Reinforcement for Europe's astronauts
For the first time in 13 years, the European Space Agency is looking for new female and male astronauts. The focus is on diversity, because ESA wants to make work in orbit more attractive not only for women, but also open it up to people with disabilities.
A job where the world is your oyster and you can learn from experienced space researchers - that's the promise of the job that the European Space Agency (ESA) is currently advertising. From March 31 to May 28, ESA is accepting applications for the new training program. "We are looking for four to six astronauts to join the European corps," says Jules Grandsire. He spent ten years managing communications for the astronaut class of 2009 and for the European Astronaut Center in Cologne, Germany. Now he is responsible for communications around the astronaut selection process at ESA headquarters in Paris.
Spaceflight is not a question of gender
One focus this time is on attracting more women to careers in space. "Our selection process has never looked at gender, passport or age," Jules Grandsire explains the background. "But that's not enough. The applicant pool has always been very homogeneous." For example, the percentage of female applicants in the last call for applications in 2008 was only a little over 16 percent. "We want to increase that this time so that at the end of the application process we really have a chance of real gender diversity in our astronaut class."
The fact is that the professions from which ESA recruits its astronauts - specialists in the natural sciences, engineering, medicine and test pilots, for example - have so far had a low proportion of women in Europe. But Jules Grandsire is sure that there is enough talent nevertheless. "Many people don't trust themselves to apply, even though they have what it takes to be good astronauts," he explains. "Research has shown that this phenomenon is more common among women. So if we want to have more female candidates, we need to target women more. We need to completely rethink our communications; start selecting women as protagonists more often, change our word choices, and even the music in our videos." Achieving diversity through a quota was out of the question. "For ESA, gender does not matter. That's why, during the talks on astronaut selection, the member states also once again came out against a quota. We want to remain neutral. Because neutral also means fair."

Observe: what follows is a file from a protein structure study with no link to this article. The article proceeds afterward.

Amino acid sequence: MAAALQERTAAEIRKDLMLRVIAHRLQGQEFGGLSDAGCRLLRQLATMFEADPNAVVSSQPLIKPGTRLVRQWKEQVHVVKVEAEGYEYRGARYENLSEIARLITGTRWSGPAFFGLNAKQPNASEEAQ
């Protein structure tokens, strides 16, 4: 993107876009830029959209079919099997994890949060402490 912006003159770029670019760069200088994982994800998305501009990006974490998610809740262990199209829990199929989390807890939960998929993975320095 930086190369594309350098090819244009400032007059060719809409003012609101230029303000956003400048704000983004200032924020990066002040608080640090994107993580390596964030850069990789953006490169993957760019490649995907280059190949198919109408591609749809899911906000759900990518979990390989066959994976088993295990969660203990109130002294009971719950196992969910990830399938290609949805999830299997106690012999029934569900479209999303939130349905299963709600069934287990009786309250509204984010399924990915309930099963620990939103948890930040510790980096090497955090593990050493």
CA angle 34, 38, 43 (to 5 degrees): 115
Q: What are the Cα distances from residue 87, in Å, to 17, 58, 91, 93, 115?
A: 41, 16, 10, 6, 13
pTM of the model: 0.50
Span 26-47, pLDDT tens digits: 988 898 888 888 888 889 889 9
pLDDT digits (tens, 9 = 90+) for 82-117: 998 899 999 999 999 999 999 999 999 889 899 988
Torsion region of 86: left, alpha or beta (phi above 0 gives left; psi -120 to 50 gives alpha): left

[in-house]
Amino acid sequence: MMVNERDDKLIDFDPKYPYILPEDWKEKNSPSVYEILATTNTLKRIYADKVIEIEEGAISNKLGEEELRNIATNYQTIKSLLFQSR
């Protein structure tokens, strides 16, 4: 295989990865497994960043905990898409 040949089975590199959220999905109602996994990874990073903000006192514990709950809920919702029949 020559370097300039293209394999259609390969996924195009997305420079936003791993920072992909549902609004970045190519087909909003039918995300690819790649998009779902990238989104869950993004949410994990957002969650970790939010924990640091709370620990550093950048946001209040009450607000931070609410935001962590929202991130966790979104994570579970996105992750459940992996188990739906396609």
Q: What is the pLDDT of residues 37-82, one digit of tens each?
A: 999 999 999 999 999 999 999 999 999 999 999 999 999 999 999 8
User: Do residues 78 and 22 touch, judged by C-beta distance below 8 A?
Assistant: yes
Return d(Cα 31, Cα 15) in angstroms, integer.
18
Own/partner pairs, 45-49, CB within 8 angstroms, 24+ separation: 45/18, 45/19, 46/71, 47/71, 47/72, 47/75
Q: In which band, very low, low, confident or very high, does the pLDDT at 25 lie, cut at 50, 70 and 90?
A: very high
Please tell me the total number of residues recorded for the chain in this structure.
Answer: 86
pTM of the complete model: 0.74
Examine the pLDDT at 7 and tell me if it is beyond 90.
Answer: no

The perfect candidates: stress-resistant and eager to learn
Professional qualifications are a fundamental prerequisite for being shortlisted. A master's degree in science, an engineering degree, a doctorate in medicine or training as a test pilot open the doors here. An aviation medical certificate is also required, which must be enclosed with the application.
But a good degree does not make a good spacewalker. "Astronauts must be able to work efficiently in a multicultural environment, in dangerous, stressful, unusual and uncomfortable situations," outlines Jules Grandsire. "The International Space Station is not a five-star hotel. And the various capsules you fly there in are certainly not," he adds with a grin. "That's why we're looking for people who can stay calm under stress; who have a high tolerance for other people, other cultures and lack of comfort; who are very resilient and who enjoy learning lots of new things." The latter will be the main task for the new astronauts after selection anyway. After all, before they will spend six months in space, two and a half years of training are on the agenda - not to mention one to one and a half years of basic training.